September 25, 1970
Pop/Rock, Contemporary Pop/Rock

Album Review

Ringo Starr had a demonstrated affinity for country music, as heard on such Beatles recordings as "Act Naturally," and he sounded as modestly comfortable on this Nashville-recorded session as in any other musical context. The cream of the city's session players backed up the former Beatle on a set of newly written songs, and the result was a typical country effort, pleasant as long as you didn't expect too much. Of course, this was the second straight genre exercise for Starr, following his pop standards album Sentimental Journey, and now he had tackled two styles that depend on vocal stylists for much of their appeal. On both, Ringo was Ringo. But with the Beatles fading into history, his suddenly front-burner solo career was starting to look like a series of dabblings rather than a coherent follow-up to the group's success. What could be next, an album of Motown songs? Wisely, he returned to Beatles-style pop/rock in subsequent releases. [Beaucoups of Blues was reissued on August 1, 1995, by Captiol with two bonus tracks, "Coochy Coochy," which had been released as the B-side of the single "Beaucoups of Blues," and the six-and-a-half-minute impromptu instrumental "Nashville Jam," which was previously unreleased.]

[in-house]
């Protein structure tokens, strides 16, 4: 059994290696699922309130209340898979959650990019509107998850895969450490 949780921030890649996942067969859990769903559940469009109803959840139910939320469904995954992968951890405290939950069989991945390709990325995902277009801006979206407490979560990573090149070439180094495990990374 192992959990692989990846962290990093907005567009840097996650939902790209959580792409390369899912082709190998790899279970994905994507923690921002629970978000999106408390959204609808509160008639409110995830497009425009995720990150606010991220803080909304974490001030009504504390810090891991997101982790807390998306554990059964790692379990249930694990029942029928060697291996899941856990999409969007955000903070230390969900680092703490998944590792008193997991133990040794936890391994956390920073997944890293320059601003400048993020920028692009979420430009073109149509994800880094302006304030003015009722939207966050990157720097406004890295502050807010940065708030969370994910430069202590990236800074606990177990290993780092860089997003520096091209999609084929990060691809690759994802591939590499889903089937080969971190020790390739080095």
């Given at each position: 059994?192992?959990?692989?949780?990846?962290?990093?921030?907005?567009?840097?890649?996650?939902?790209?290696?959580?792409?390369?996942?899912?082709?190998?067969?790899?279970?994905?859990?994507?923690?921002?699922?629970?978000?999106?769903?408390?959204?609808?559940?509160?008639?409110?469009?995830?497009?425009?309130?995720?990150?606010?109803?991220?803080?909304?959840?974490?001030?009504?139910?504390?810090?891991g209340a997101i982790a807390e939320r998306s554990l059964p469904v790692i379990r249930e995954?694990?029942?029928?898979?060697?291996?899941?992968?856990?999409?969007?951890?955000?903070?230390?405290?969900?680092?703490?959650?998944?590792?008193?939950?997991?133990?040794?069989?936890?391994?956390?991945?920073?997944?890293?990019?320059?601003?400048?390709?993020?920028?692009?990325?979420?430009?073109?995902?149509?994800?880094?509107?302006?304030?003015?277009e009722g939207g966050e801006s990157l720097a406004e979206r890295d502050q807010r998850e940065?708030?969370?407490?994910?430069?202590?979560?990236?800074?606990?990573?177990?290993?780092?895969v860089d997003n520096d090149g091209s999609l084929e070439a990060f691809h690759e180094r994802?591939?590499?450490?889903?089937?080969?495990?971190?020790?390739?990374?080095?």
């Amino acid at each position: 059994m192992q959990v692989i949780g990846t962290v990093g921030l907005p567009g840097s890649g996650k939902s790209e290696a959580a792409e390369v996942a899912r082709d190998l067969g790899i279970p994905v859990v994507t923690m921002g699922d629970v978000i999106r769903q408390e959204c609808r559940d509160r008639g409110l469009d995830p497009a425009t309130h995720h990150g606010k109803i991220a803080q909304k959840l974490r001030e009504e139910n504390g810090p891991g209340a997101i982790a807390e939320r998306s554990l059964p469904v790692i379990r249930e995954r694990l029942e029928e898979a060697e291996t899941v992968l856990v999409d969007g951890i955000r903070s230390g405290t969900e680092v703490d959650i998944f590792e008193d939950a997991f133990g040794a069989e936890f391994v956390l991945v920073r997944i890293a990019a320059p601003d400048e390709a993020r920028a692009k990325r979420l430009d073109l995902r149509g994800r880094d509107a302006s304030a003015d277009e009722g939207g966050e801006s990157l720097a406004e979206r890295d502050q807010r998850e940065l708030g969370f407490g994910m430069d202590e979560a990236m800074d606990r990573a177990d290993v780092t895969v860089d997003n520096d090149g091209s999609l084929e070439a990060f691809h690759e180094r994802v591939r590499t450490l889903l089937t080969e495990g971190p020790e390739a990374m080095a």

William Ruhlmann, Rovi

Track Listing

  1. Beaucoups of Blues
  2. Love Don't Last Long
  3. Fastest Growing Heartache in the West
  4. Without Her
  5. Woman of the Night
  6. I'd Be Talking All the Time
  7. $15 Draw
  8. Wine, Women and Loud Happy Songs
  9. I Wouldn't Have You Any Other Way
  10. Loser's Lounge
  11. Waiting
  12. Silent Homecoming
  13. Coochy Coochy [*]
  14. Nashville Jam [#][*]
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